As for the online gameplay: One thing I am truly not a fan of is when you're racing sometimes you can simply pass through another car, but other times you will bounce off them. You never know when this will happen either. I went to overtake a car in one session, but another AI car passed right through it taking over both of us. There seems to be no option to turn this off, and it ruins it for me.

It has confirmed a very real fact to me, it's pretty safe to say Mercedes will never employ me. I'm pretty much a danger to anyone on the track.

Playing it online without any AI is going to be incredibly fun and I am seriously looking forward to that. We had a silly amount of fun in regular games of Grid, so I hope we can get the same going for F1 2015.

Overall, I think it's great to get more games like this and I certainly appreciate the effort for our platform, but the game as a whole is rather underwhelming. Mainly due to the AI, if the AI wasn't so suicidal and annoying it would get a much more favourable outlook from me.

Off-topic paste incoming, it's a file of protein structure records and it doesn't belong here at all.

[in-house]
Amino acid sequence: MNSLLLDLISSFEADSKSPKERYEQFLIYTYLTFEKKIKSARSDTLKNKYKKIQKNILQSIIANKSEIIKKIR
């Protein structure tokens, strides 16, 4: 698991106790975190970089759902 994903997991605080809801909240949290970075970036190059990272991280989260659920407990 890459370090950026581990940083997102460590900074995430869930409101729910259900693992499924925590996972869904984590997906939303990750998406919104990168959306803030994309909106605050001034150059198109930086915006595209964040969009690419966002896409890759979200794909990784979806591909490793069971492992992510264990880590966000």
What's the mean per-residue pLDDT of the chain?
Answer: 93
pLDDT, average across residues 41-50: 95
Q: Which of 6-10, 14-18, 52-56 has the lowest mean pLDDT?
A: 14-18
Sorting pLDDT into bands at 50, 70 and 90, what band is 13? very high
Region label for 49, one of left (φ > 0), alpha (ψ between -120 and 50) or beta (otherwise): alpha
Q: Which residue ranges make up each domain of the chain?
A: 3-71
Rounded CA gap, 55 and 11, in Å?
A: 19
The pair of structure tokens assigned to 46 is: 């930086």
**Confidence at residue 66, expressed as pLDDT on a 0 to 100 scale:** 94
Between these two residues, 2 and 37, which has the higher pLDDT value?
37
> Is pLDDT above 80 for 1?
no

It is a first for Linux to have an officially licensed F1 game, so let's hope it has paved the way for future titles.

You can find F1 2015 on Steam and the Feral Store. Prepare to open your wallets a bit as it will cost around $54.99/£39.99/€49.99.

We will try to do a livestream tonight on the official GOL Twitch, so keep an eye out. Let me know in the comments if you would like to join in. You can have up to 16 people in a game, so let's have a good one! Remember, you can use Livestreamer to show our Twitch video in your desktop video application instead of watching it in the browser. Article taken from GamingOnLinux.com.
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The comments on this article are closed.
40 comments
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lucifertdark 26 May 2016 at 4:59 pm UTC
Not much point in me buying this one at the moment, my cpu doesn't meet the minimum requirements.
Guest 26 May 2016 at 5:01 pm UTC
Holy crap that price. As much as i would love to give them $54 dollars...it's not in my budget as of right now. I will pick it up when i can. Great News!